De La Soul was one of six headlining acts around Portland to end the four-day long Soul’d Out Music Festival Sunday, April 22. After opening artists Lilla and Silent Heroes performed, De La’s show at the Roseland was energetic and fun, and the music sounded on point, but its most notable feature was De La’s interaction with the crowd and the press.
De La’s original three members—Pos, Dave and Maseo—all showed an impressive and overwhelming amount of control over the emotion and physicality of the crowd around them. When Pos told crowd members to put their arms up and move, it was like the audience was possessed: plaid button-up sleeves, crooked glasses and glazed eyes as far as the eye could see.
Dave told the photographers in the press pit to put away their cameras. “We’ve been doing this for almost 30 years now, damn!” Dave shouted. “And as far as I’m concerned, we’ve took enough fuckin’ pictures!” Dave laughed, the crowd cheered, photographers looked back laughing anxiously—like when someone cracks an uncomfortably honest joke.
“When we do a show, it’s for everyone in the house, alright?” Dave explained, “I know you gentlemen and young ladies are working but could you join us and put your cameras down for like, the first two songs?”
The crowd cheered in agreement as every member of the press put their equipment down. It’s reasonable enough, except for the fact that photographers are technically only allowed to photograph the first three songs. The music started again and the crowd and press pit went animal.
It’s not enough to write that the NYC trio has consistently produced nine complex and beautiful albums since 1989. I was surprised De La decided to perform its original break-out single “Me Myself and I” because the band has made so much music since then. What was more notable, however, was De La’s dedication to the late James Dewitt Yancey, better known as J Dilla. It was hard to gauge whether or not the audience was on the same page, because like the emotional pull of any late remembrance, De La Soul’s Maseo and Dave chanting J Dilla’s name in verse felt completely personal.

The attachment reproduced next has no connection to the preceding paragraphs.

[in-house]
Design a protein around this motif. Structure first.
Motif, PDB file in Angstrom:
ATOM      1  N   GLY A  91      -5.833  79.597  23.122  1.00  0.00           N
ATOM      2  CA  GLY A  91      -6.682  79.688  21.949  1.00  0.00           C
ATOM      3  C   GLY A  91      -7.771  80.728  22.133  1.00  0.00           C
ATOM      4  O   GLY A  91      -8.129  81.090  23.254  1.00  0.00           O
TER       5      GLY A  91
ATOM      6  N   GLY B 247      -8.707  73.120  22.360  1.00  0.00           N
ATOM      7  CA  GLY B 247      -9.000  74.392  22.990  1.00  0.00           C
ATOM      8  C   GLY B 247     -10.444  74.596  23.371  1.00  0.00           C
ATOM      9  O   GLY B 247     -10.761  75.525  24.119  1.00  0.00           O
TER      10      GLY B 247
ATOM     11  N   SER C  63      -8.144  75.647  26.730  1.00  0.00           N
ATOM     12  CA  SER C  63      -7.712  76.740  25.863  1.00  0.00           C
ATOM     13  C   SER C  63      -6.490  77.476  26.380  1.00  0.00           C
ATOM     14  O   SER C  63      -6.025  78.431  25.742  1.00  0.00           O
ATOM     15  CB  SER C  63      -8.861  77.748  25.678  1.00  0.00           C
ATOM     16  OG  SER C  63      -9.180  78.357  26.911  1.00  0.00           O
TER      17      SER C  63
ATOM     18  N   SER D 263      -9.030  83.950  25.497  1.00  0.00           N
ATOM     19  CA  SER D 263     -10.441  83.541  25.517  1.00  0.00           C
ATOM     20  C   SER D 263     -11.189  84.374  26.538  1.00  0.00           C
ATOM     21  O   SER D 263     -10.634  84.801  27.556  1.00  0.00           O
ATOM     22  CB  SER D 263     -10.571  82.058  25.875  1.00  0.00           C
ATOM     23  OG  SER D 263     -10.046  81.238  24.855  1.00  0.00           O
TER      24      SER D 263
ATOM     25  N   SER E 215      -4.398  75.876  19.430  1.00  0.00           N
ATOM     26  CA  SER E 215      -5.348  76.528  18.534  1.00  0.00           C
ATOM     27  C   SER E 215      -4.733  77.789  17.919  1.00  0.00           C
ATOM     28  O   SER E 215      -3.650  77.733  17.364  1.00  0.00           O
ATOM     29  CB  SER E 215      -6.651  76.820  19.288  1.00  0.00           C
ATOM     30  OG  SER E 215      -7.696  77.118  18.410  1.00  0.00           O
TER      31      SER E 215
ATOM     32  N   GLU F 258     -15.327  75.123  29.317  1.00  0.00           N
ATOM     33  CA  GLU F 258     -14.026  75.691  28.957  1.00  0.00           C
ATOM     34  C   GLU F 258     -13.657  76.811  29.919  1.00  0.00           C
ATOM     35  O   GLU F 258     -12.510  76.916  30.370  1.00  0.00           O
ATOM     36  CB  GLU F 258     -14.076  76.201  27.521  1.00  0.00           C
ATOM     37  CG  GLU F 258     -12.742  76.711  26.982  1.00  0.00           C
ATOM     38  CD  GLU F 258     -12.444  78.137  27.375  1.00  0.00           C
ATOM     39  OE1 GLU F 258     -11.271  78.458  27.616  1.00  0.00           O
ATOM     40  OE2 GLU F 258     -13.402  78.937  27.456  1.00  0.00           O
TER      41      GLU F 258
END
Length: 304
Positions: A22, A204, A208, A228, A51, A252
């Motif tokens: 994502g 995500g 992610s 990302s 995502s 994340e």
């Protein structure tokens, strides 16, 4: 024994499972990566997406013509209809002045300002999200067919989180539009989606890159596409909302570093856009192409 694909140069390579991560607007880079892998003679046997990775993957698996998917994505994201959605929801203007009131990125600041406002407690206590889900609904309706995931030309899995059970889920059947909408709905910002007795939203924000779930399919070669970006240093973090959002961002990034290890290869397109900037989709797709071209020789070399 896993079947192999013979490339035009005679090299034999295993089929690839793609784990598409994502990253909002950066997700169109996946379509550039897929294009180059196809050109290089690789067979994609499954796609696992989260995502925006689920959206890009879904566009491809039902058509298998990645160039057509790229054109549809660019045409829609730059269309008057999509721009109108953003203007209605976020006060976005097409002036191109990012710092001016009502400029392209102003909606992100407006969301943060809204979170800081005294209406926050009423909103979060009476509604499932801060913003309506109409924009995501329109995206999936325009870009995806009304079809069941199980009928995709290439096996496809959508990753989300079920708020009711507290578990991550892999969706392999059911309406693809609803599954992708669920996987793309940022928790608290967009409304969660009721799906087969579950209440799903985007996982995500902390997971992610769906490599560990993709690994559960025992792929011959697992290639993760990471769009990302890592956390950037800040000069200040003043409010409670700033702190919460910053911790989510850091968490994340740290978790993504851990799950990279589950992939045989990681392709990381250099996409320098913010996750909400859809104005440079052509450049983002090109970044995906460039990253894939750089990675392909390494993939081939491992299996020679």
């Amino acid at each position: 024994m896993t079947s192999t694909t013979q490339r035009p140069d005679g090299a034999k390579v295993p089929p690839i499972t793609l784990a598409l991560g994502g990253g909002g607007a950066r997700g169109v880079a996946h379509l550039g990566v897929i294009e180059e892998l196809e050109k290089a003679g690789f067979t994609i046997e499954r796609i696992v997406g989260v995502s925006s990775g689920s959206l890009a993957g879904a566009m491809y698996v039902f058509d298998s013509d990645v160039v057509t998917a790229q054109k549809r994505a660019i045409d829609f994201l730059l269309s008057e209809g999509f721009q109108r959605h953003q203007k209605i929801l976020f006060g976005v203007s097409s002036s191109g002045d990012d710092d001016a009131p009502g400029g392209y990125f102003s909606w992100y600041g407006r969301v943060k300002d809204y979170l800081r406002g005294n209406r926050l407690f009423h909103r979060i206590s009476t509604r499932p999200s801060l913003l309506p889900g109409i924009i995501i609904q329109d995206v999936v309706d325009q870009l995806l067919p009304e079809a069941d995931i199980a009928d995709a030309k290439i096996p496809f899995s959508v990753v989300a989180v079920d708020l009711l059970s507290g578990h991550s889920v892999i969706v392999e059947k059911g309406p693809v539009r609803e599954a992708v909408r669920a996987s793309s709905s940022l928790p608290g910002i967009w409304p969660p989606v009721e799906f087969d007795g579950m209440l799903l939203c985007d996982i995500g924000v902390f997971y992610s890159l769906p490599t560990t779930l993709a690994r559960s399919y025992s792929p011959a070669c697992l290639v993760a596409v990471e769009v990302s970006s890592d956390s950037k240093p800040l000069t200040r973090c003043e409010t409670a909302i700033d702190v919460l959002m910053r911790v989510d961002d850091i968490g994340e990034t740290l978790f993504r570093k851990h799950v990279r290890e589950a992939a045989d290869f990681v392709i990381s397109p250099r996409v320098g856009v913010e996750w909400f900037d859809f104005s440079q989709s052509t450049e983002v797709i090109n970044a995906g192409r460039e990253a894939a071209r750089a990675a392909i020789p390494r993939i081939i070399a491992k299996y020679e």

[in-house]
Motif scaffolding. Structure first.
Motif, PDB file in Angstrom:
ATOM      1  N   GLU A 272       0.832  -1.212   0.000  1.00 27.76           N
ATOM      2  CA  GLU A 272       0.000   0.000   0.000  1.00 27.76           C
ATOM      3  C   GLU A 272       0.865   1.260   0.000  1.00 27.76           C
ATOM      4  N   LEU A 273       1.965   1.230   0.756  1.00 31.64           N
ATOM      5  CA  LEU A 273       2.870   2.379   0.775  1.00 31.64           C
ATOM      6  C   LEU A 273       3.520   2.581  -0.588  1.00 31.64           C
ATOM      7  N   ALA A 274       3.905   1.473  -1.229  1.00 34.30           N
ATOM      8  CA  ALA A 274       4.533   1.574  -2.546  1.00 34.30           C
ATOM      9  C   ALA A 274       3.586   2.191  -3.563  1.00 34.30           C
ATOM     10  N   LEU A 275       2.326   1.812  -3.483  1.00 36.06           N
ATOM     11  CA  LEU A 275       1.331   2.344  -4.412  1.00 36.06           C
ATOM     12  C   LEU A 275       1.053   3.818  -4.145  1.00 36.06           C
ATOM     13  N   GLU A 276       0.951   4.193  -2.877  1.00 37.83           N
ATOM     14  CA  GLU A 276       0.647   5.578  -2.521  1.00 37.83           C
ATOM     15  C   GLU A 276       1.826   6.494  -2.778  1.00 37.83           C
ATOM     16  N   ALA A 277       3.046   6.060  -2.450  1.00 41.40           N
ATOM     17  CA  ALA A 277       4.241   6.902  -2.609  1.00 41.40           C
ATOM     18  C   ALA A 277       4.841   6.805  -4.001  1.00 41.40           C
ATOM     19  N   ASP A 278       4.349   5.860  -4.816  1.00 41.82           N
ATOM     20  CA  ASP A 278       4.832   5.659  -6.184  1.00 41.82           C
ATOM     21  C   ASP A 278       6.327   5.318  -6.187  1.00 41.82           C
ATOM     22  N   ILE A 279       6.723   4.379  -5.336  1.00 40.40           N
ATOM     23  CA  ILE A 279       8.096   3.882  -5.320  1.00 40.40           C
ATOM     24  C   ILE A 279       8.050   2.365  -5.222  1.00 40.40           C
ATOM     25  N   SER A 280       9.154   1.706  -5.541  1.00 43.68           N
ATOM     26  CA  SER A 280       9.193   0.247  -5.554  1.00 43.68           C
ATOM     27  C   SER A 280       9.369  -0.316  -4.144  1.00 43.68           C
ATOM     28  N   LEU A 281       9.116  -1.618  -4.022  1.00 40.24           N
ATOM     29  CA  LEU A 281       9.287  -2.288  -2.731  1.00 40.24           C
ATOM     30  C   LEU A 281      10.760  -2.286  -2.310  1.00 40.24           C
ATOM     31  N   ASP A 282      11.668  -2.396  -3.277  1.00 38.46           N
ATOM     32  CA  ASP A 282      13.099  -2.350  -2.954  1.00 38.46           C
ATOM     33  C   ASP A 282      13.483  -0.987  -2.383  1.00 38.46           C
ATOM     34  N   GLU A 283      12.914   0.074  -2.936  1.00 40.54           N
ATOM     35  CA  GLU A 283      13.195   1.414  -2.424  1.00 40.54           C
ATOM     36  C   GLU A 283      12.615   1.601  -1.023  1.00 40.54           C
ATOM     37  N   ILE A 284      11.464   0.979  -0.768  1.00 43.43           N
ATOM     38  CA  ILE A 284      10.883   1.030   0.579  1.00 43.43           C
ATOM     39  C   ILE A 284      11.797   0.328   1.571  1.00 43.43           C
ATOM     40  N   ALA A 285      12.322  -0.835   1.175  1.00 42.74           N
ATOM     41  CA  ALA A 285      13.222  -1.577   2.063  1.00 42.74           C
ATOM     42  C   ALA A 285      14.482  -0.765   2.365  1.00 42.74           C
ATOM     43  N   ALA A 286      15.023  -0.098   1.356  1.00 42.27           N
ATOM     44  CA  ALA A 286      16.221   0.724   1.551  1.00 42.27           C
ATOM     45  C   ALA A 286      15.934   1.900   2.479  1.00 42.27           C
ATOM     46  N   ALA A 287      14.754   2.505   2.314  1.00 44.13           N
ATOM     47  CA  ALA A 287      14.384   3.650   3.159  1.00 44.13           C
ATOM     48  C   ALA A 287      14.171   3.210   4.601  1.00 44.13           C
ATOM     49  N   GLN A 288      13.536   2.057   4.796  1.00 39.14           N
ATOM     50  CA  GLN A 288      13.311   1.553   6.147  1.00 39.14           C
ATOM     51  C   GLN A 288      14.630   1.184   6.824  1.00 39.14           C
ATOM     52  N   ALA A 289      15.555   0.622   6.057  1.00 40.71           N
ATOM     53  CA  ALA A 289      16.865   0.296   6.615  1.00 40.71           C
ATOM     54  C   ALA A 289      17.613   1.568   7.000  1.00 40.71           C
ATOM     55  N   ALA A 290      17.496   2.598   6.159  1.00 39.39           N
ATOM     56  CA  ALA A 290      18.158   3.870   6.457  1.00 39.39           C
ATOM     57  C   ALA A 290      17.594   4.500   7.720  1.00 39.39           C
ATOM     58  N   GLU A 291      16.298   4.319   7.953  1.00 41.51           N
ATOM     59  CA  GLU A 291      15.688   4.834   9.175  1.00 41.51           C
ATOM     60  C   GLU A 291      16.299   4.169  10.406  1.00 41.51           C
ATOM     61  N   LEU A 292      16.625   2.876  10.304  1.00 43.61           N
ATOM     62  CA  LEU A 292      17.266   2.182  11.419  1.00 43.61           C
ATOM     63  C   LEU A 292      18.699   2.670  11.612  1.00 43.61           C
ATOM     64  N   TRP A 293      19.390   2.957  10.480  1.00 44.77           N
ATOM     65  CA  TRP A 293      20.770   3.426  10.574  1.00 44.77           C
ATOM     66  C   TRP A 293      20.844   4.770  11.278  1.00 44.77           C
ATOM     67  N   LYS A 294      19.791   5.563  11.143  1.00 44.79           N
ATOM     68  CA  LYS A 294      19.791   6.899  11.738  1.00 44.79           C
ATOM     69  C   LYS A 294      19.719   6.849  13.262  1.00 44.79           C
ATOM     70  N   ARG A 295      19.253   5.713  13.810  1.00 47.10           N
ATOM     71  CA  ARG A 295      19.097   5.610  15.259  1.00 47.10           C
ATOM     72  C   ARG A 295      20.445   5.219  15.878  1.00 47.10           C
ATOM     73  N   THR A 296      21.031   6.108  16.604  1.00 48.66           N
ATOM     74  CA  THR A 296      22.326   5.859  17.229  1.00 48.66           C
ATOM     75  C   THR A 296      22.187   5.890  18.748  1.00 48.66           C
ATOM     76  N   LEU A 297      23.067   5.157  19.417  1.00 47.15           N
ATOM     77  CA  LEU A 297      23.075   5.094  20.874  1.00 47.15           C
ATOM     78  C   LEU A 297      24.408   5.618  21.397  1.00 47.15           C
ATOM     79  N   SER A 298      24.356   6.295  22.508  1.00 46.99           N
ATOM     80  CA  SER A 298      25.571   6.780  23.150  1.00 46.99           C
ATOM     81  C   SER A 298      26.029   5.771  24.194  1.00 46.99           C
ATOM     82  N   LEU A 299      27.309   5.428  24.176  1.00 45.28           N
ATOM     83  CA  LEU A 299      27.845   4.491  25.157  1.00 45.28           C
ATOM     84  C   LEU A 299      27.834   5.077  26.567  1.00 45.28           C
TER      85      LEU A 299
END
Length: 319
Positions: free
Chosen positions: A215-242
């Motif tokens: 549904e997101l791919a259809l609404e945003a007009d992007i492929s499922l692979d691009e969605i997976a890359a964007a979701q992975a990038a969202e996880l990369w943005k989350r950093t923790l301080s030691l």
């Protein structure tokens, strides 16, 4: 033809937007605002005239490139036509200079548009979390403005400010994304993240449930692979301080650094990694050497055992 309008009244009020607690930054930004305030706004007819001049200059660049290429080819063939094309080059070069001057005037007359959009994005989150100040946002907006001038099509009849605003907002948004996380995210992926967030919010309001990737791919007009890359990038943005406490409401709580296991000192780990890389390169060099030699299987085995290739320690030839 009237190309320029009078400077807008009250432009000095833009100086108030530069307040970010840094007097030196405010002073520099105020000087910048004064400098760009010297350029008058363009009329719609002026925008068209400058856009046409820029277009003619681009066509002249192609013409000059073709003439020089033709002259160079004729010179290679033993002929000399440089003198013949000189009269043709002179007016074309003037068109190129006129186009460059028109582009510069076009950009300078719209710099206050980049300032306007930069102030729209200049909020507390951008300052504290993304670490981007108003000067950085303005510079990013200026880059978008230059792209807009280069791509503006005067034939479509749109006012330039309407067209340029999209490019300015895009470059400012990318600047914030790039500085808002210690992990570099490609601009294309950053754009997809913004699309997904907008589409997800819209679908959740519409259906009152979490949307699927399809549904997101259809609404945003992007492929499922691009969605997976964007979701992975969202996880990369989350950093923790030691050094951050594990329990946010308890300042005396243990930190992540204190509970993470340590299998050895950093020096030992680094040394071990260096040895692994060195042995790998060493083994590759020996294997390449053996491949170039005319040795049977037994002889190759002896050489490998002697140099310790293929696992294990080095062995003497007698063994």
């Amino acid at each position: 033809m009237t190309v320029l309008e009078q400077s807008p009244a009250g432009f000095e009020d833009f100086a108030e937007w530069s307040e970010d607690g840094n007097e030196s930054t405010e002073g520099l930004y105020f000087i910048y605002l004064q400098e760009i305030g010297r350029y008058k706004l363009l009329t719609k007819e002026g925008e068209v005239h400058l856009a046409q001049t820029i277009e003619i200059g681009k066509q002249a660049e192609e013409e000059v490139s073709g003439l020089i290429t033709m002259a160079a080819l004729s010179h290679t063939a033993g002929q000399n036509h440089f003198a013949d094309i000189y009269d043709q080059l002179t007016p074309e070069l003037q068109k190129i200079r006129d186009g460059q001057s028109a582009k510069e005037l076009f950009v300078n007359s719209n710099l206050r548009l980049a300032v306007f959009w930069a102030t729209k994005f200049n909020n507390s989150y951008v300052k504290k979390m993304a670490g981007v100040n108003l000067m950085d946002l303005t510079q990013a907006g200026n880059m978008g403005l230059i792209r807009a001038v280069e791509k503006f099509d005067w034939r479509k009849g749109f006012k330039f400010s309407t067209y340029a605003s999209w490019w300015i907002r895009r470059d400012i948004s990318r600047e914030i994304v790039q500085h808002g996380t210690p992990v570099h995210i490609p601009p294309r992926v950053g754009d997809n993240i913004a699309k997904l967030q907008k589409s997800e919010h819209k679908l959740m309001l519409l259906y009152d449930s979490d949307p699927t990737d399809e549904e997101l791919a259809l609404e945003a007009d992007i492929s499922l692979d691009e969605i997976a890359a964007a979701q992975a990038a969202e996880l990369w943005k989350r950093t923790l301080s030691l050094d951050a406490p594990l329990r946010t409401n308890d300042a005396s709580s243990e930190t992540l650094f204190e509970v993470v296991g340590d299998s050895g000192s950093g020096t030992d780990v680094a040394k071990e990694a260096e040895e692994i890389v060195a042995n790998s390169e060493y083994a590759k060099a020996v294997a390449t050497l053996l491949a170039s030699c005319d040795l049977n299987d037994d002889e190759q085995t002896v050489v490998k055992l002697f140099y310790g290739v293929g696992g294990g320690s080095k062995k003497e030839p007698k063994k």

As far as internet radio goes, J Dilla and other acts such as A Tribe Called Quest, Gorillaz and MF Doom played a large part in introducing me to De La Soul’s music. Although I can’t pretend to be a De La expert, the irony wasn’t lost on me that De La was performing songs like, “Oooh!” and “Stakes Is High,” which discuss race, poverty, gentrification, homelessness, drug addiction and suicide, while the majority of the audience is white, probably not from Portland, and the concert itself is only two blocks from where the city evicted a homeless camp for drug use, overpopulation and violence.
Toward the end of the performance, it seemed the late show got the best of the crowd. It’s possible De La noticed too because its energy and engagement grew less patient. But it’s not them, De La Soul. It’s Portland, it’s midnight on a Sunday, and I might have been one of the youngest people there.